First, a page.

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What Will be the Biggest   Online Scams of 2022?

The last couple of years has seen fundamental changes in what businesses, consumers, and criminals do online. More and more aspects of our lives were already shifting towards the internet, but this has been accelerated by the pandemic while we couldn’t see our loved ones, meet up with friends, or go to work in the office for most of 2020 and start of 2021.

This shift in behaviour has seen a huge increase in cybercrime as criminals take advantage of higher online activity. 

Action Fraud, Cifas, and UK Finance collectively received 822,276 fraud reports in 2019-20 (1). Of which, 698,934 (85%) were online based scams. The National Crime Agency also state that, roughly, just 20% of scams are reported so we could be looking at a total figure of around 3,494,670 cases of cybercrime every year.

Looking at this in monetary terms, there was £2.3bn reported loss, which means a possible total figure of around £11.5bn in just one year.

Based on growing trends, this guide outlines what we are expecting the biggest online scams of 2022 to be.

Cryptocurrency investment scams

Cryptocurrency investment scams have increased significantly over the last couple of years with a staggering £146.2 million being lost to crypto scams between January and October this  year alone (2).

This is almost 30% more than the amount that was lost throughout the whole of 2020.

The average loss per victim was £20,500, making this a very dangerous scam with the potential for huge losses

Young adults (aged 18 – 25) accounted for the highest percentage of crypto scam reports and over half of victims were aged between 18 and 45.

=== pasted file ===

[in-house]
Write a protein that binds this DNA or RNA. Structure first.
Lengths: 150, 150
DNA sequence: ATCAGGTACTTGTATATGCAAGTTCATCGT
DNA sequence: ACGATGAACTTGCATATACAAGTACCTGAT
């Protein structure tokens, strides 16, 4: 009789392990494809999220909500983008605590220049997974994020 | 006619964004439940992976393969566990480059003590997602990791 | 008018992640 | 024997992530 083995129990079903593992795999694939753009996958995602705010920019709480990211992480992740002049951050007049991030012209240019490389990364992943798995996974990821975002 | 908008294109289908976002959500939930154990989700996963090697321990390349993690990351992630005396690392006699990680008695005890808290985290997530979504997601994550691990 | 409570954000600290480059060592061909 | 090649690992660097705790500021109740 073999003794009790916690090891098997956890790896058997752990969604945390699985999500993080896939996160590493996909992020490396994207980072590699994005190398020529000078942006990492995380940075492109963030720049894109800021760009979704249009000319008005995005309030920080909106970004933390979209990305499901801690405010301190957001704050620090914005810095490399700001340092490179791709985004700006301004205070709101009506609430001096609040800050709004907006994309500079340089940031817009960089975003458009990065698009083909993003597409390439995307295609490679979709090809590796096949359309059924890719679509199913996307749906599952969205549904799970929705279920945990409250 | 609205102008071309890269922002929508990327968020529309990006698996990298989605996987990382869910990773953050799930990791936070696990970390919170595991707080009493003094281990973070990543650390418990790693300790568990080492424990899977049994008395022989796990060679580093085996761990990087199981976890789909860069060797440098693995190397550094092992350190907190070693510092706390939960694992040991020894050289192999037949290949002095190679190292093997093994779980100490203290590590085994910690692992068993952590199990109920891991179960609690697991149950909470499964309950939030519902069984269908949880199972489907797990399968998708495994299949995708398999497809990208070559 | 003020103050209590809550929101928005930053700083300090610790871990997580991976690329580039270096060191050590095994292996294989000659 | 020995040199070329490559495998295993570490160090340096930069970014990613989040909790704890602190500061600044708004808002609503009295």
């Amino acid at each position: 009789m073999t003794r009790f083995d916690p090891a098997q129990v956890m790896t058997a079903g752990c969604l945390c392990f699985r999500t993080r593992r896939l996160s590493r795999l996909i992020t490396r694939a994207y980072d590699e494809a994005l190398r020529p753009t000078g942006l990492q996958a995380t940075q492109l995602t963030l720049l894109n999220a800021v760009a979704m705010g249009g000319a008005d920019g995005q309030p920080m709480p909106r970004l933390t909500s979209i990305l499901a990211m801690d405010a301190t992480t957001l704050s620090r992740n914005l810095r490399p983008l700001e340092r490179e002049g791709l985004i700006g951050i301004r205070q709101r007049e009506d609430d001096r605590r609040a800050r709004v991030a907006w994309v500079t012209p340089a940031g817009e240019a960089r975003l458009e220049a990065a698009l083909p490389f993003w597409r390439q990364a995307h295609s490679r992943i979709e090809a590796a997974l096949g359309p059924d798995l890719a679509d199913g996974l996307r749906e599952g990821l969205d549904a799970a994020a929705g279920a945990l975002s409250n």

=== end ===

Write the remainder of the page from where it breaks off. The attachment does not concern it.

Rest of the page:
One of the most common tactics that scammers use for this type of scam is advertising on social media and using fake celebrity endorsements. They will create adverts using the picture of a well-known celebrity or social media influencer and create fake testimonials saying how much money they had made by investing with this firm or cryptocurrency.

These adverts will almost always promise high returns in a short space of time in order to appeal to those who are looking for a ‘get rich quick’ scheme.

As cryptocurrencies continue to become a more mainstream method of investment, we are expecting crypto related scams to continue with the current trend of rising reports.

How to protect yourself from cryptocurrency scams
  • Never make investments based on adverts that you have seen on social media. You also need to watch out for emails, phone calls, and messages on social media too. Genuine cryptocurrency investment platforms never contact people directly and urge them to make investments.

  • Before investing with a firm or company, make sure that they are authorised by checking the FCA Register. If you need to get in contact with an authorised firm then you should only use the contact details provided on the Register as some scammers pretend to be from a legitimate firm and give fake details.